A Doll’s House can never be Home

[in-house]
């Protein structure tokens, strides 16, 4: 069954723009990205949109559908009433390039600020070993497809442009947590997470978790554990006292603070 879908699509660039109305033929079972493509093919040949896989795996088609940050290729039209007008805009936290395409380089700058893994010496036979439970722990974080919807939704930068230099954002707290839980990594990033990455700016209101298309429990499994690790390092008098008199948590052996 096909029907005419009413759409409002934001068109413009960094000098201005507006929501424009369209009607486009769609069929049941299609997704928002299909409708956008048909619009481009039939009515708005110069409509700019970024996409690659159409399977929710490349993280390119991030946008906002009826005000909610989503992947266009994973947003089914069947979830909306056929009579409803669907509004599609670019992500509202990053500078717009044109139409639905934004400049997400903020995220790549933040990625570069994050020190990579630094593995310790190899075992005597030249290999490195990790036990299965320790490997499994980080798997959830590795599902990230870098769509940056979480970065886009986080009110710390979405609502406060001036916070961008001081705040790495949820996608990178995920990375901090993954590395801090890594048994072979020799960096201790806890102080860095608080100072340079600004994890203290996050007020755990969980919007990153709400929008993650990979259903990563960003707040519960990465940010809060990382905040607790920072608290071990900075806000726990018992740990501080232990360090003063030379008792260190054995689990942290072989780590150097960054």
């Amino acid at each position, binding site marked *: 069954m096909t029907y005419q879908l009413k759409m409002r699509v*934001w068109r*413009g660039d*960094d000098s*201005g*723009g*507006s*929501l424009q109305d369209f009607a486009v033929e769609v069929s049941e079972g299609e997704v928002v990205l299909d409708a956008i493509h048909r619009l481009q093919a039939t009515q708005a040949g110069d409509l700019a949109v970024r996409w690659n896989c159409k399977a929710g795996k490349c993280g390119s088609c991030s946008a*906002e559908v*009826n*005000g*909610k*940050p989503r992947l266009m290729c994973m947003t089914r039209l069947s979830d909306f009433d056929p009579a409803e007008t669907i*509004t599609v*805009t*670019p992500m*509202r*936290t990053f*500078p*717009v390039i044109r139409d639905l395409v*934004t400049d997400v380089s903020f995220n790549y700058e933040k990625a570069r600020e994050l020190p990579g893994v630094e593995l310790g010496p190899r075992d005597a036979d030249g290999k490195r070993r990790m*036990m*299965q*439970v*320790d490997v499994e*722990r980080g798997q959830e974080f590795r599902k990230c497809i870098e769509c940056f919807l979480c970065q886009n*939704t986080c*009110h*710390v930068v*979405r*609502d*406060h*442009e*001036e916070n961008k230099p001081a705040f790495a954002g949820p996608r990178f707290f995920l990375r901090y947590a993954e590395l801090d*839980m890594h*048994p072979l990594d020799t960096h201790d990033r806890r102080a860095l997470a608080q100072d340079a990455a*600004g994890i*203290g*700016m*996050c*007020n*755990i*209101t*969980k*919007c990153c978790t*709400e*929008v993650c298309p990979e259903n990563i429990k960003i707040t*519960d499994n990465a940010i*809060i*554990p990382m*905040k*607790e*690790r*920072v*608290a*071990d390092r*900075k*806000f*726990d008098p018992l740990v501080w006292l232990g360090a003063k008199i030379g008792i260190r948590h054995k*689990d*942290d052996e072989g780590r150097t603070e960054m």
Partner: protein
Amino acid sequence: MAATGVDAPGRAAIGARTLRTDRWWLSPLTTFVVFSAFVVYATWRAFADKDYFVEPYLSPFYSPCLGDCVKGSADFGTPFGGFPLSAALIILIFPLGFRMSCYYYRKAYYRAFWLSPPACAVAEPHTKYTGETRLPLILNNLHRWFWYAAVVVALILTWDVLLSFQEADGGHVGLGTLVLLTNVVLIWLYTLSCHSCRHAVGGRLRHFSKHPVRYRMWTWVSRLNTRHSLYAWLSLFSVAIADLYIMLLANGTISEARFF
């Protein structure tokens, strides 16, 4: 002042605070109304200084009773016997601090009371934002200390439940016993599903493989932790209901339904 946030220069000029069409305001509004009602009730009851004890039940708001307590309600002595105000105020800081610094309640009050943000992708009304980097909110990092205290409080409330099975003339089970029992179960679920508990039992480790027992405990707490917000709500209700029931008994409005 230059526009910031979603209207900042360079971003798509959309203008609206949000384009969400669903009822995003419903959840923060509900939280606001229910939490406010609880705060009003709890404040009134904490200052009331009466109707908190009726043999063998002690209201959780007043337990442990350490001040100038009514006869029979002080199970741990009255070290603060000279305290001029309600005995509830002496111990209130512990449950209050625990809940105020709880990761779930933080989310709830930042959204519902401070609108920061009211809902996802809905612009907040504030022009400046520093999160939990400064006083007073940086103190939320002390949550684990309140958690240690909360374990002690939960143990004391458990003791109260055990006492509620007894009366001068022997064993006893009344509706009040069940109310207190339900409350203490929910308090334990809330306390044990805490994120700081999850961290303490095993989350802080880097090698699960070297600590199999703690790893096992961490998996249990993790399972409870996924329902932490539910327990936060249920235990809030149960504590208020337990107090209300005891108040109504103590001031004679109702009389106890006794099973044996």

Henrik Ibsen’s “A Doll House” is a play that seems like a very cute and entertaining piece of work when reading. Thankfully, it is entertaining, as the play is approximately seventy pages on paper. The dialogue between Nora and Torvald is quite interesting, as when they speak it’s a bit like young love struck teenagers, and borderlines on mushy. But in the last few pages of the play, the title suddenly becomes the lie that Nora has been living for years. The first act opens to around Christmas time, and Nora is receiving the Christmas tree. From the start the reader realizes that Torvald and Nora are very different. Torvald playfully chastises Nora for spending money all the time, and Nora teases back that since he has the new job, she can spend money, especially for Christmas. The entire dialogue through this scene is very mushy and cannot be taken seriously as realistic dialogue. The reader can soon realize that this play has elements of both realistic and non realistic drama. The realistic parts to this play are more throughout the play then the non realistic. It’s set in a home with a mother, a father, two children, a nurse, and a housemaid. It’s a typical family setting for when the play was written, around 1879. The plot of the play is realistic as well. Forgery has been crime for a long time, and there are persons who would wish to take our dirty laundry and air it as to embarrass us or put us at odds with others. Nora believed she was doing the right thing when she forged her father’s signature, but that still made it a crime, even if she did it with the full intention to save her husbands life. Krogstad keeps quiet for Nora until his job is on the line, and he uses the blackmail to try and keep his job, even when Nora tells him there is no use. Nora tries to convince Krogstad not to use the blackmail he has against her, but to no avail. He writes Torvald a letter telling him of his...
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